Category: North American Mammals
Facts about Ring-tailed Cat, "Scientific name for Ring-Tailed Cat is Bassariscus astutus". Ring-tailed Cat is a Bassariscus type of animal that comes from the raccoon family called Procyonidae. These mammals are not actually cats and they hail from the arid areas of North America. The Ring-Tailed Cat is also called by other names, such as the Ringtail cat, Marv cat, or Miner's cat. The Ring-tailed Cat are largely found in Central America, California, Northern South America, Colorado, eastern parts of Kansas, Oregon, Oklahoma, Arizona, southern Nevada, New Mexico, Utah, Texas, and throughout central and northern Mexico. Usually, they live in rock-strewn, desert as their home, where they nest in the tree hollows or deserted wooden structures. The Ring-Tailed Cat is the state animal of Arizona.
Features of Ring-tailed Cat
The Ring-Tailed Cat has a buff to dark brown color body with white color underparts and a showy black and white color striped tail that ranges in length from 14 inches (35.5 cm) to 16 inches (40.6 cm), with alternating bands of black and white color fur. The tail of the Ring-tailed Cat is longer than the remaining parts of its body. They have short legs, and straight, small, and semi-retractable claws, with big black-colored eyes, surrounded by a patch of light hair. The Ring-tailed Cat is smaller than a domestic cat and it is one among the smallest existing Procyonids. When fully grown, the Ring-Tailed Cat attains a body length, ranging from 12 inches (30.48 cm) to 17 inches (43 cm) measured up to the tip of its tail, with a body mass between 1.5 pounds (0.68 kg) to 3.3 pounds (1.49 kg). Occasionally, the Ring-tailed Cats are hunted for their pelts, but their fur is not valuable in particular.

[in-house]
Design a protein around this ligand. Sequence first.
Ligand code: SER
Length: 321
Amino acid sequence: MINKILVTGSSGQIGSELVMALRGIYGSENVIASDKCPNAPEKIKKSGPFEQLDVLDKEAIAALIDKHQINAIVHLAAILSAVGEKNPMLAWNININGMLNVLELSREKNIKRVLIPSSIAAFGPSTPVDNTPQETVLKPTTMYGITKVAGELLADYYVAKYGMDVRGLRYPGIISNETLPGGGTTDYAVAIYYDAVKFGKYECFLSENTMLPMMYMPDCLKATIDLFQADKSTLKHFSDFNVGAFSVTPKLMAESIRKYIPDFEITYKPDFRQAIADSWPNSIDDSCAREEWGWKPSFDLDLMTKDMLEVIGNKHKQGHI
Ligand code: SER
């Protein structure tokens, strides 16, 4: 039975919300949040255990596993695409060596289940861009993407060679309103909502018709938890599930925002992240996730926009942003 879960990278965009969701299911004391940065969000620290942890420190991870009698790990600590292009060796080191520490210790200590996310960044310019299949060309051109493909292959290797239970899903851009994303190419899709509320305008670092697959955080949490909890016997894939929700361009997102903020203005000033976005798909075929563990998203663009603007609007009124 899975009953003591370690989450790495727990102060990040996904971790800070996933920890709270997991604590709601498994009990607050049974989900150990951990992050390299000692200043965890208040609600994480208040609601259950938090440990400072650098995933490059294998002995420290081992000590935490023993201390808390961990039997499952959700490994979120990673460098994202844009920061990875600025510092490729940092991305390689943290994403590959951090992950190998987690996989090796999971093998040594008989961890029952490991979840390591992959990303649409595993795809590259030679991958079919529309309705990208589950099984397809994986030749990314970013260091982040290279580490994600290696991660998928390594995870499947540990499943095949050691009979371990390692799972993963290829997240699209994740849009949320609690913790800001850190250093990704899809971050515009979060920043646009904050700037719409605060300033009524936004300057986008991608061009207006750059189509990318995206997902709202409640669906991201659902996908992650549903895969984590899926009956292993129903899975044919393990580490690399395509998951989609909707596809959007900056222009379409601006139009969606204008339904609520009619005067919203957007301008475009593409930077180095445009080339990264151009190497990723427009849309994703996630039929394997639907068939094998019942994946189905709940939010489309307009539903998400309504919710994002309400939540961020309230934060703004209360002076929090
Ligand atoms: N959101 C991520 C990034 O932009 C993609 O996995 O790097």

The Ring-Tailed Cat is an outstanding climber that is capable of ascending perpendicular trees, walls, rock-strewn cliffs and cacti. They have the capacity to rotate their back feet 180 degrees, offering them a fine grip for sliding those same structures. The Ring-tailed Cat have outstanding eyesight and hearing, both obliging adaptations for a nocturnal mammal.
Usually, a Ring-Tailed Cat prefers to inhabit stony homes connected with water. These regions can comprise caves, riparian canyons, and mine shafts. The Ring-tailed Cat perform well in the wild and have no extraordinary conservation status.
Diet of Ring-tailed Cat
The Ring-Tailed Cat is an omnivorous mammal that means they will feed on anything if the diet is of correct size. Mostly they feed on snakes, insects, fruit, and lizards, small creatures, such as wood rats, mice, squirrels, birds and their eggs.
Behavior of Ring-tailed Cat
Much similar to the common raccoon, the Ring-Tailed Cat is nocturnal and lonely. It is also fearful towards humans and seen much more uncommonly than raccoons. In spite of its shy nature and tiny body size, the Ring-tailed Cat is arguably the most vigorously carnivorous variety of Procyonid. Their main predators include foxes, raccoons, coyotes, bobcats, owls and hawks. The Ring-tailed Cats make a diversity of sounds, as well as chatters and clicks reminiscent of raccoons. A usual call is an extremely noisy, mournful bark. As adults, these small animals lead lonely lives, usually coming together to mate.
Reproduction of Ring-tailed Cat
The mating season in Ring-Tailed Cats commences during the spring season. Usually they attain the sexual maturity after ten months of their birth. Generally, the gestation period is 45 to 50 days, during which the male cat will acquire food for the female cat. The average size of the litter will be 2 to 4 cubs. The cubs will first open their mouth and then their eyes following a month. When they attain the age of four months, they start hunting for themselves.
The average lifespan of the Ring-Tailed Cat ranges from 6 years to 9 years in the wild. They survive for a longer period in the captivity.